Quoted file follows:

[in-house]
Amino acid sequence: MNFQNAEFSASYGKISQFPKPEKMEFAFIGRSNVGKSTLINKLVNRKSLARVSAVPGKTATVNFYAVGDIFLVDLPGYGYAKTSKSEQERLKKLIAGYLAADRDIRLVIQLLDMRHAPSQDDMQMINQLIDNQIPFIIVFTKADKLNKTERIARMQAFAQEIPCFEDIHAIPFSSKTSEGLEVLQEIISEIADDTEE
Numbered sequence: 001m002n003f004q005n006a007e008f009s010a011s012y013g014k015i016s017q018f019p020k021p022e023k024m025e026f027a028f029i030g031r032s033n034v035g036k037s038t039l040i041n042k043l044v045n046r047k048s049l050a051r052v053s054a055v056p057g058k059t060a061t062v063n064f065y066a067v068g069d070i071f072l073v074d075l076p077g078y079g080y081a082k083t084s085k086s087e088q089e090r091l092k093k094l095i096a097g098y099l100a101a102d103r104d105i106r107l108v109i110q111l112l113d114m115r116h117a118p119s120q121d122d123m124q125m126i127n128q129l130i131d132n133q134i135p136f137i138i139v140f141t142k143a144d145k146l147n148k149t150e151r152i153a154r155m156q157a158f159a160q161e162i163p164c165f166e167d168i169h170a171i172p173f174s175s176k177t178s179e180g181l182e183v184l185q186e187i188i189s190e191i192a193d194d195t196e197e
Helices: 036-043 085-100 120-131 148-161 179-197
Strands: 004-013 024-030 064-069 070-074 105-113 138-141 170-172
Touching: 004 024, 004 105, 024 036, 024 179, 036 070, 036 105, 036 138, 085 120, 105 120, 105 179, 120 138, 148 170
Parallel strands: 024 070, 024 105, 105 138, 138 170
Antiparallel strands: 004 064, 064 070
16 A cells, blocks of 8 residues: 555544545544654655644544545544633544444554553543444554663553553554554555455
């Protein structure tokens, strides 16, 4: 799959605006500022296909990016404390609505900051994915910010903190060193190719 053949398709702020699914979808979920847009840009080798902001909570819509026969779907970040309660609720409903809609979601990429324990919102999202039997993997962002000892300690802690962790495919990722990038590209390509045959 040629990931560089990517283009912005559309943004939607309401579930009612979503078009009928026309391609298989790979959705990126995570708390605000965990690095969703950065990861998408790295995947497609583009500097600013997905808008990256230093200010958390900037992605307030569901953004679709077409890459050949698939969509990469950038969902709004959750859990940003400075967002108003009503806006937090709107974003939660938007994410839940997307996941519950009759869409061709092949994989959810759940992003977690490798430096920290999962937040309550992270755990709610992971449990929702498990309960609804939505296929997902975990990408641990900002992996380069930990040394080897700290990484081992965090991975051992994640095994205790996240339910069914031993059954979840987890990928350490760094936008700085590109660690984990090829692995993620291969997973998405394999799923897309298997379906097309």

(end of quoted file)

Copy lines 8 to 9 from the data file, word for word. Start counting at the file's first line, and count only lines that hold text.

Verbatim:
Antiparallel strands: 004 064, 064 070
16 A cells, blocks of 8 residues: 555544545544654655644544545544633544444554553543444554663553553554554555455